There's no way I can move some stuff over there?


Why is your C 1/10th of D ?, it's usually the other way around, (most don't even bother having a D partition).

Nevermind, it is possible to repartition on Vista: you can extend C at the expense of D ...



Also ... http://www.vistarewired.com/2007/02/16/how-to-resize-a-partition-in-windows-vista

NB: if you get partitioning wrong your system is bolloxed, have backups of all your data and your (updated) OS if you are going to attempt it. (Have the phone number of the local computer repair shop on redial too).
« Last Edit: 15/08/2009 00:55:01 by RD »
 

Offline RD

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Problem with viewing pictures on screen
« Reply #33 on: 15/08/2009 01:09:04 »
My Vista disk management page may be of use ...
 

Offline Chemistry4me

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« Reply #34 on: 15/08/2009 10:46:04 »
Well, mine looks like this. I've got no idea what it tells me though ???



 

Offline RD

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« Reply #35 on: 15/08/2009 19:49:41 »
Well, mine looks like this. I've got no idea what it tells me though ???

Like I said above for some reason you've got the ratio of C and D the wrong way round,
(most people don't bother with a D and have all their hard disk space allocated to C).

It's possible to move your partition between C & D so C has most (or all) of the hard drive, (like mine).
 You don't need extra software to do this, Vista's disk management can do it, (see attched image).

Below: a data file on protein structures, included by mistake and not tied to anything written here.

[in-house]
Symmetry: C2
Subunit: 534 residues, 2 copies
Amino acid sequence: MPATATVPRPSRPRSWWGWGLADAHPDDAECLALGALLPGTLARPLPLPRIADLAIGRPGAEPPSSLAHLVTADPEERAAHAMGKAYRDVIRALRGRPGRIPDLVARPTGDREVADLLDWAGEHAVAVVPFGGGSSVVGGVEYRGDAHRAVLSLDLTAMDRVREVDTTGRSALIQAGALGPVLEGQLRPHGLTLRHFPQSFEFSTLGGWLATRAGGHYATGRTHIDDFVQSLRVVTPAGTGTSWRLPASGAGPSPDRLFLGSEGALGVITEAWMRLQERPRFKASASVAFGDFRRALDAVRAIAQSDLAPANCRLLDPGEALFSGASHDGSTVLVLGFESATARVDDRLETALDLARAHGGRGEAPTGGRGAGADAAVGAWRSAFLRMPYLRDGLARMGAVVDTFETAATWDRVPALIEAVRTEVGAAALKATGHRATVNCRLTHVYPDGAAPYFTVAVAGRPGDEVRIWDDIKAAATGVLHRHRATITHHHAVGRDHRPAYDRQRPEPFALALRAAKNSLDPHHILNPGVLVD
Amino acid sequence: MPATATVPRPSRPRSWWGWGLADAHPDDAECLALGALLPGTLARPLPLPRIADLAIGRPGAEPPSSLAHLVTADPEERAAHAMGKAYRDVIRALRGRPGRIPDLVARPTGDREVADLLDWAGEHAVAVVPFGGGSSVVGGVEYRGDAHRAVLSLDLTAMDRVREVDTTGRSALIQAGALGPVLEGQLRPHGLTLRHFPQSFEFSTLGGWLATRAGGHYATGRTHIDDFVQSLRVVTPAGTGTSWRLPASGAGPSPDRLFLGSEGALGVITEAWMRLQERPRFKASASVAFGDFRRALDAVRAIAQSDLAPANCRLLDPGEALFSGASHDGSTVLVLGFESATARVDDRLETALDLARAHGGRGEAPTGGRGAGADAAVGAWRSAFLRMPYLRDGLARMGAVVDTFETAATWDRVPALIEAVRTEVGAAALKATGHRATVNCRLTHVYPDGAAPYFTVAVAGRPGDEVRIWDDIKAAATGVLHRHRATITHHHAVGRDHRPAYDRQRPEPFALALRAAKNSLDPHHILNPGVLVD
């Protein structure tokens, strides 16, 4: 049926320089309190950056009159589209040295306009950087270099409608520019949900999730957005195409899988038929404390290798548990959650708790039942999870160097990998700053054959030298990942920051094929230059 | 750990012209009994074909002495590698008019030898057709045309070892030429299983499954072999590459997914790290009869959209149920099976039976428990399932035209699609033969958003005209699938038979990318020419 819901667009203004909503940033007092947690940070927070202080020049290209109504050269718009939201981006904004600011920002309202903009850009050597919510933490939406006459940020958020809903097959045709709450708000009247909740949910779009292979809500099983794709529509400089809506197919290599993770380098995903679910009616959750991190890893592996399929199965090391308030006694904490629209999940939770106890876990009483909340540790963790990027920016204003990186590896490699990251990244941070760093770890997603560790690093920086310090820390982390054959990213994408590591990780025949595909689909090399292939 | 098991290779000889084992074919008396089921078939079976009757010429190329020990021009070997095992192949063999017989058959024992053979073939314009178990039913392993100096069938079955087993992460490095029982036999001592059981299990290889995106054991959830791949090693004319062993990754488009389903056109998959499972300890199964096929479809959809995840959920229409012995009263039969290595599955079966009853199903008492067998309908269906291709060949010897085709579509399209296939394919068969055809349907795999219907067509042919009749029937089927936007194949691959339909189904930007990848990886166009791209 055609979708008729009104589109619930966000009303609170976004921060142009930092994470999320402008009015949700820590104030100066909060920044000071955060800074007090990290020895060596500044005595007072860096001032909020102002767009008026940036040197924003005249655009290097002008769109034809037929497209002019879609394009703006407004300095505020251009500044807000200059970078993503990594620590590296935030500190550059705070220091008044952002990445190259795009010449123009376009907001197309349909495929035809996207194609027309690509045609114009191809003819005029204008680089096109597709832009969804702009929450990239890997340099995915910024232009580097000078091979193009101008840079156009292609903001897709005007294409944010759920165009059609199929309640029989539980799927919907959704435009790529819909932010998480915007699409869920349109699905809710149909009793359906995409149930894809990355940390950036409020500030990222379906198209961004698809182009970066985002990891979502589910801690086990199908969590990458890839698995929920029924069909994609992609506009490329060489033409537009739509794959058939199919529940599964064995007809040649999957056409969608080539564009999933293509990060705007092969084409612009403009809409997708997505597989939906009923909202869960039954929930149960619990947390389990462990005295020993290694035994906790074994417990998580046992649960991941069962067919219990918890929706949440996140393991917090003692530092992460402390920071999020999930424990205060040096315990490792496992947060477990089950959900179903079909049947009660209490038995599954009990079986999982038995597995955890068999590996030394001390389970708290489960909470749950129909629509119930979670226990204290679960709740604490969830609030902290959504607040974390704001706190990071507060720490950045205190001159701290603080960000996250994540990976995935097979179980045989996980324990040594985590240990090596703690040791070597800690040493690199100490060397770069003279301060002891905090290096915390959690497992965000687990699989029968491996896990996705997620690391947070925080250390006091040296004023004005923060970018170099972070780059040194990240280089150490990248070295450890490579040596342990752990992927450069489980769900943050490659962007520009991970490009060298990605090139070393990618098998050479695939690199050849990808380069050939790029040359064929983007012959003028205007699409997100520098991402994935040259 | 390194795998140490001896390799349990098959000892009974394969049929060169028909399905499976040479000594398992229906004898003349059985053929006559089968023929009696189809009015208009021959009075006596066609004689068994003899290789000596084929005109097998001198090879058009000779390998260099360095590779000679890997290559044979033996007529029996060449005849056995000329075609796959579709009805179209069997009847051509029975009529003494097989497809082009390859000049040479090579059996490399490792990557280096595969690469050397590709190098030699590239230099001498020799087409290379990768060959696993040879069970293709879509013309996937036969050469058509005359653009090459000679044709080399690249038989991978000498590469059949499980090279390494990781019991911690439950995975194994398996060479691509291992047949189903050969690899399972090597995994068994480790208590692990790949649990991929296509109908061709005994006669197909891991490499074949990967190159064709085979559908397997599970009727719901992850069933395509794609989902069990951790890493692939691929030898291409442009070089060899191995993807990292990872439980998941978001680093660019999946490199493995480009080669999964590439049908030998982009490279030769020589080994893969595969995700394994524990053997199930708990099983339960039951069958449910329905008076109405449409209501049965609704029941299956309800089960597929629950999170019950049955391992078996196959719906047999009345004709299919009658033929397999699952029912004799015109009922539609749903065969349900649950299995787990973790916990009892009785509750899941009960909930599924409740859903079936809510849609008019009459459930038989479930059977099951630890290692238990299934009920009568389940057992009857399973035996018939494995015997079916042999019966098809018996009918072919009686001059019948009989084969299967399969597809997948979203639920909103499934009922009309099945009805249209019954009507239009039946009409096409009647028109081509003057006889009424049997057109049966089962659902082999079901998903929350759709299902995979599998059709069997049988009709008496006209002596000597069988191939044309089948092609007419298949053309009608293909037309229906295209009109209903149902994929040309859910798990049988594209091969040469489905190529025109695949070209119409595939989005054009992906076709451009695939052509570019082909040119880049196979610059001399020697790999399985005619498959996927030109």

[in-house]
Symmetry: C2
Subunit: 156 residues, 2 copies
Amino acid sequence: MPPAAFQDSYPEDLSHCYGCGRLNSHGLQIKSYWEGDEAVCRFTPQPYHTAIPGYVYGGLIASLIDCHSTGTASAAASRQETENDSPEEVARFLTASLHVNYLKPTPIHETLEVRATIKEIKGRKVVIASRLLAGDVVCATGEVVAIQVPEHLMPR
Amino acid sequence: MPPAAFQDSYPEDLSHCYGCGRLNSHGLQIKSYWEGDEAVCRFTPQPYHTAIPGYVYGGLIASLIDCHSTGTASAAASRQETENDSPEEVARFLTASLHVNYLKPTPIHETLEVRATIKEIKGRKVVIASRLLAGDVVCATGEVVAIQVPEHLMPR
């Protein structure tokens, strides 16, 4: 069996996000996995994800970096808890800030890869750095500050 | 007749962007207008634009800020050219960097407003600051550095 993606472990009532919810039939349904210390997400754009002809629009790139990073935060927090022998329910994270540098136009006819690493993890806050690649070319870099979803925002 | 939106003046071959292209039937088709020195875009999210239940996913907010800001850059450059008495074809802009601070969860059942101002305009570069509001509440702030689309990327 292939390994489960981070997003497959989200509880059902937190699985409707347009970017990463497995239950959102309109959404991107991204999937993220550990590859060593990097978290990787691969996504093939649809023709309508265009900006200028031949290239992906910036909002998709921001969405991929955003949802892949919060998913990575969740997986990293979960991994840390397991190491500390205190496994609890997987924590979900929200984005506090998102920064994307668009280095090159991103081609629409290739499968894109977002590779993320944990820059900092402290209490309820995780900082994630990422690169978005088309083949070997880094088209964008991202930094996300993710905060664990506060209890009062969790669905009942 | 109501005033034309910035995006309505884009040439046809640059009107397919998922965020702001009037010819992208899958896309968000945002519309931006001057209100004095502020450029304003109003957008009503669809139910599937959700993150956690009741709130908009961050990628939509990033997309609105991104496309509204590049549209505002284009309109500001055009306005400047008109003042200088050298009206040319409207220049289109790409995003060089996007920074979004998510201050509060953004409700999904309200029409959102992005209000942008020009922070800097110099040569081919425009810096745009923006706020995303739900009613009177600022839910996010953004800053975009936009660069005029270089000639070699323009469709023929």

If you are not absolutely sure how to do this take it to your local computer shop, it will take them a couple of minutes to repartition your hard drive so C has most (or all) of your HD. Getting partitioning wrong can render your computer inoperable, (or to use the technical term "bolloxed"). 

I'm baffled as to why your D has been set to use most of your hard disk, what is on your D drive ?,
You don't have another operating system installed there, e.g. XP or Linux, do you ?.
« Last Edit: 15/08/2009 20:39:28 by RD »
 

Offline Chemistry4me

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« Reply #36 on: 16/08/2009 05:19:17 »
You don't have another operating system installed there, e.g. XP or Linux, do you ?.
Nope. Not that I know of.
 

Offline RD

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« Reply #37 on: 16/08/2009 06:12:25 »
In Local disk D there is 229 Gb free of 268 Gb

It's got 39Gb of something on it. No harm in having a look at what's on it, have a butchers ...



[If you still can't see pictures the above is an image of menu with "explore" Local disk D selected].
« Last Edit: 16/08/2009 06:49:10 by RD »
 

Offline Chemistry4me

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« Reply #38 on: 16/08/2009 07:37:03 »
It's got all the music, movies, podcasts, dictionaries, encyclopedia, pictures etc...
 

Offline RD

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« Reply #39 on: 16/08/2009 08:32:07 »
OK it would be possible to make a 50:50 split of your hard drive between C and D.
Freeing up about 110Gb of D for use on C.

But the more I think about this the more I'm thinking resizing your partitions is job for your local computer shop: one error and you could lose your data, your applications, and Vista (with updates).